I’ve seen reviewers call you “angry”, but I’d say “fed up”. Are they getting it wrong or am I getting it wrong? Is there a right answer here?
Maybe we could call it 50 shades of rage? The best description I’ve heard was “snarky and cutting”, but “fed up” would do just as well.
You really can’t go up and be angry for a whole set, especially if you’re doing 30-45 minutes because it will honestly get annoying for the audience. Like playing only one key on a grand piano over and over.
I can be fairly critical, expressing varying degrees of frustration, annoyance, passion, vulnerability, and hypocrisy. That said, my act is often described as angry because it’s easier to sum up what I do that way in a review. If you could imagine my act as a painting that uses a colour pallet of chartreuse, olive, lime, mint and pine… the reviewer would say it was “green” and I’m cool with that.
You seem just as comfortable in alternative rooms as in mainstream rooms. Do you gauge who the audience is? Is there a difference or is it made up?
Good question. I like to think of it as finding where I end, and the audience begins. The more you practice and the more you give of yourself as a performer, the closer you get to this magical line. If you can consistently find it you become famous (maybe).
Of course, there are ways to understand an audience before you get on stage. Sometimes you base it on age, or the way the audience is dressed (hipster glasses and skinny jeans on a 20 year old is a different vibe than a room full of starched shirts and grey hair). I will often do the same jokes, but with edits that I apply as I find the audiences level. It’s also a luxury to watch acts before you to see where the audiences sensibilities lay.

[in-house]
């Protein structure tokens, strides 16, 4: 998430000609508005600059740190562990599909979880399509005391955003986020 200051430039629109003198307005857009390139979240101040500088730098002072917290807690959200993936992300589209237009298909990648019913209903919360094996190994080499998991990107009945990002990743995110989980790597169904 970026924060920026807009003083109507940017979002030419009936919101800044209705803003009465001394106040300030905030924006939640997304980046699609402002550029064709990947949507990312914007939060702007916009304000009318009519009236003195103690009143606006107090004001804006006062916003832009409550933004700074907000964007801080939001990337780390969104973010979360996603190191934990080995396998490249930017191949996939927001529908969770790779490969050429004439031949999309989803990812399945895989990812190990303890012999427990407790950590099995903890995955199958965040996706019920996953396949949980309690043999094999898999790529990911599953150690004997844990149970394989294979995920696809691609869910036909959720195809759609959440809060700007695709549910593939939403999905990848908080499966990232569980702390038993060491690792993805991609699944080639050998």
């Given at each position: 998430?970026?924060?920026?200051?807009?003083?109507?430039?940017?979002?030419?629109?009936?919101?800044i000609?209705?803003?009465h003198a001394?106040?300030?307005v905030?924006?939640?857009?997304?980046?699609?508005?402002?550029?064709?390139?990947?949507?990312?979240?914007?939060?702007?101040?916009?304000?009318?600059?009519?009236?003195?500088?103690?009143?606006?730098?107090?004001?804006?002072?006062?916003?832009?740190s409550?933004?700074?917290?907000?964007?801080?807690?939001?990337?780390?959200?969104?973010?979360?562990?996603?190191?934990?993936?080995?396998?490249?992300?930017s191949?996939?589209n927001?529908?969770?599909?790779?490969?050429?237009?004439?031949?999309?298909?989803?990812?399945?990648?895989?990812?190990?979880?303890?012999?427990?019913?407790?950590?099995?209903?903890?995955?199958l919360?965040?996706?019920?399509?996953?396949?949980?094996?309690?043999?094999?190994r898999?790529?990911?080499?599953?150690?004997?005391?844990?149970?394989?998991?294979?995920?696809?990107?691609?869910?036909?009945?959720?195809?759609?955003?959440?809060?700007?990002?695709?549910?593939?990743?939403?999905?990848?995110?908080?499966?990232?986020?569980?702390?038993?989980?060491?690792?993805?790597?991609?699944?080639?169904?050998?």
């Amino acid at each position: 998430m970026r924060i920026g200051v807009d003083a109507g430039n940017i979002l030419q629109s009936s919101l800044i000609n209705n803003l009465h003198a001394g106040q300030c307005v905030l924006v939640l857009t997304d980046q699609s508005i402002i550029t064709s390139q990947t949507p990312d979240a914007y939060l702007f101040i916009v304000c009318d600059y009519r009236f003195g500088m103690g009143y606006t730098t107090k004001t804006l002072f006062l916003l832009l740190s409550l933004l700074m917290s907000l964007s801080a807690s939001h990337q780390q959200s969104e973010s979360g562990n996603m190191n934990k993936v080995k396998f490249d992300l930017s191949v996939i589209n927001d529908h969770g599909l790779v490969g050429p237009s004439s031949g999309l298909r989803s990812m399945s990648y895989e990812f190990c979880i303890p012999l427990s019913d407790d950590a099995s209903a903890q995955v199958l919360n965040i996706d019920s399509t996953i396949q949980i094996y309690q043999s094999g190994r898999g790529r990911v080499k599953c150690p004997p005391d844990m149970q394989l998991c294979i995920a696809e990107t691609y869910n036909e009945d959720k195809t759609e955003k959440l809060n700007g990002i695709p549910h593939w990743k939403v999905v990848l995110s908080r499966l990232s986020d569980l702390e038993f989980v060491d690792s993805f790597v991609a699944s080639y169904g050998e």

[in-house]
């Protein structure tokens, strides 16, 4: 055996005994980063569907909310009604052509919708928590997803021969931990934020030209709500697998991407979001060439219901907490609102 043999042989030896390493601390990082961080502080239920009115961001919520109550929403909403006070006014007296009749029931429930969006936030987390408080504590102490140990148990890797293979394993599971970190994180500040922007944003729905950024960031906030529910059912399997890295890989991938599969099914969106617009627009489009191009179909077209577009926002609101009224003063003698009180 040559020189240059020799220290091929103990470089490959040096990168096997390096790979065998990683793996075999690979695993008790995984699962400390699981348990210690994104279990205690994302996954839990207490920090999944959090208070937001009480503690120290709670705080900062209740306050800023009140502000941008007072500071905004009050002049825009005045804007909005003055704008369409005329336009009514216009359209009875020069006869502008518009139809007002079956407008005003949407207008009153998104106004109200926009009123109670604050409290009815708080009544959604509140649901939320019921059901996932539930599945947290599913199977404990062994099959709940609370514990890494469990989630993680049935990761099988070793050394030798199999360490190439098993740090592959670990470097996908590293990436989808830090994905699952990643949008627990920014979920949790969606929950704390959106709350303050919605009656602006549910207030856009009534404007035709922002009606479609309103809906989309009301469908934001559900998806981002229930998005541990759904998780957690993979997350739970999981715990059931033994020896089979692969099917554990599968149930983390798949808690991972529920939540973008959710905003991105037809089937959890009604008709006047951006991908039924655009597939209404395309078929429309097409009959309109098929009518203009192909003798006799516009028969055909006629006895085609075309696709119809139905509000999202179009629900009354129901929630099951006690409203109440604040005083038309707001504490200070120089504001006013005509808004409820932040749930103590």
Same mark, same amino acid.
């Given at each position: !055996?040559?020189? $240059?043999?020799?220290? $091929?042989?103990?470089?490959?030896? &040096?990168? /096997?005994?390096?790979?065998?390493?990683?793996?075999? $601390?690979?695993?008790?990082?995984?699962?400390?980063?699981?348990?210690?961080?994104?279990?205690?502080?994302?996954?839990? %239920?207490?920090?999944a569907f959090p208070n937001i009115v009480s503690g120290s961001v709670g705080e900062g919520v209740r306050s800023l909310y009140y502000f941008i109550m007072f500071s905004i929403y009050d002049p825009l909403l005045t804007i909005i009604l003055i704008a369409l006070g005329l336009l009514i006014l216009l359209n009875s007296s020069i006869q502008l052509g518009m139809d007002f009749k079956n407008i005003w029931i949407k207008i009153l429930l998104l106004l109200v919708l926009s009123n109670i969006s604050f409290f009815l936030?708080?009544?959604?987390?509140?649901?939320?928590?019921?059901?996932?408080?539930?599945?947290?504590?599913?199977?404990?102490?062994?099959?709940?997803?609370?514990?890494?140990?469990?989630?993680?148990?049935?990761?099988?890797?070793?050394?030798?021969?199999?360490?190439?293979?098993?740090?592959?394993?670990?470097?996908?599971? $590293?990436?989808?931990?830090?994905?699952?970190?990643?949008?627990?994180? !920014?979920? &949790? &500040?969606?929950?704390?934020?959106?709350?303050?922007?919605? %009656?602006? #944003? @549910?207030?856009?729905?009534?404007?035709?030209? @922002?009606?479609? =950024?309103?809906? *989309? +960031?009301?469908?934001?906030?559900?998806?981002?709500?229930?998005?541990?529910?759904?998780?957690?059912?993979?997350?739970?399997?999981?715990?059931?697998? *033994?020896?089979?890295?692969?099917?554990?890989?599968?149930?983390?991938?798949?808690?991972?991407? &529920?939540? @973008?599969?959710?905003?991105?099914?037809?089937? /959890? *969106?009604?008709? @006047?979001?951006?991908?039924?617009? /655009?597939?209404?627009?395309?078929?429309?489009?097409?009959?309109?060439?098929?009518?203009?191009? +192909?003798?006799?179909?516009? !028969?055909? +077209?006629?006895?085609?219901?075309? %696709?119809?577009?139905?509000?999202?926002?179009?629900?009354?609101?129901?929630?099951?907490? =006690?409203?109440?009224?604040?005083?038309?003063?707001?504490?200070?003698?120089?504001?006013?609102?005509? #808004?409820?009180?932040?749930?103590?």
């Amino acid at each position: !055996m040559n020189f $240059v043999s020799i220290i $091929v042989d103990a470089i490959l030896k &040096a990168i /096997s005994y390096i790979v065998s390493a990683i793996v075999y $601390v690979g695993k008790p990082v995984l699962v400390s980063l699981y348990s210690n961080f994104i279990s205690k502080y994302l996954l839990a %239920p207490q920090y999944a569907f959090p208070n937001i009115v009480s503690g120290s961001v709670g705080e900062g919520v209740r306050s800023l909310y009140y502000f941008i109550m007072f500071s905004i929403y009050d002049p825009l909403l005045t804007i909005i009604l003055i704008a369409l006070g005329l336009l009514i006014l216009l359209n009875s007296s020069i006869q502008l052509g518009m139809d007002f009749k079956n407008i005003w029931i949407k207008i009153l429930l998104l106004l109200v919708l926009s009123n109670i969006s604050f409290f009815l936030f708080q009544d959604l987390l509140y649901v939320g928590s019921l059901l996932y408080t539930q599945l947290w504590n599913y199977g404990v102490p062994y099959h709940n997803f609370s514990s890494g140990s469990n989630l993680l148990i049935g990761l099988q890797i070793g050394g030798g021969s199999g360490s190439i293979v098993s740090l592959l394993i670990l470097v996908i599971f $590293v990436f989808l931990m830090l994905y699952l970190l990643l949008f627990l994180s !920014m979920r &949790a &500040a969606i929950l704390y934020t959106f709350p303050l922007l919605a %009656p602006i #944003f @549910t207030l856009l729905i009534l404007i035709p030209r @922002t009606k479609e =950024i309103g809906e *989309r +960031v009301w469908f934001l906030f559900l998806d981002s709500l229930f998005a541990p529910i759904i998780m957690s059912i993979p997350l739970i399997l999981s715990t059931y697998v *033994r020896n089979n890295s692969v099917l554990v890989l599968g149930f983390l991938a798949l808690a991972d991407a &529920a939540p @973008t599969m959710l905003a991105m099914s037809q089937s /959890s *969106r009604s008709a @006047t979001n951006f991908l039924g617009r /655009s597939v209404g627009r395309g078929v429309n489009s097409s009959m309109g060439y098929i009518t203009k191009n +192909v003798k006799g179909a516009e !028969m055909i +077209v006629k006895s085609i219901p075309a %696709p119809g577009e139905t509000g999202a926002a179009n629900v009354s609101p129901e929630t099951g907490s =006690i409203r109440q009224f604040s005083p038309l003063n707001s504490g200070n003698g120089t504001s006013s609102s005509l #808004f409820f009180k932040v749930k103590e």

I started as a much more alternative and abstract comedian. I suppose that has made me comfortable in alternative rooms overall because they do have a different character than a casino or club. I also find alternative rooms to be very open minded because they’re looking for a unique or special moment that feels like they’re in on a secret and rarely have the “make me laugh” attitude that can happen in clubs.
All this said, I will often disregard the audiences sensibilities and drag them kicking and screaming into my jokes because that can be more fun; but does have higher risk of failure.
Who’s your ideal audience member?
Oh geez – There are so many audience member types I like but in general I’d say a 25-55 year old who took a nap earlier today and has had a couple drinks. They’ve got energy to laugh, and have loosened up a bit but not too much to become hecklers.
When and where are your sets?
I’m doing 3 sets this year, all at Comedy Bar (945 Bloor St W). First is June 13th (The Dark Show), then June 14th (Strip Comedy), and lastly June 15th (Dark Show again). I believe they are all late shows starting sometime after midnight. [Ed. Note: All around 2am]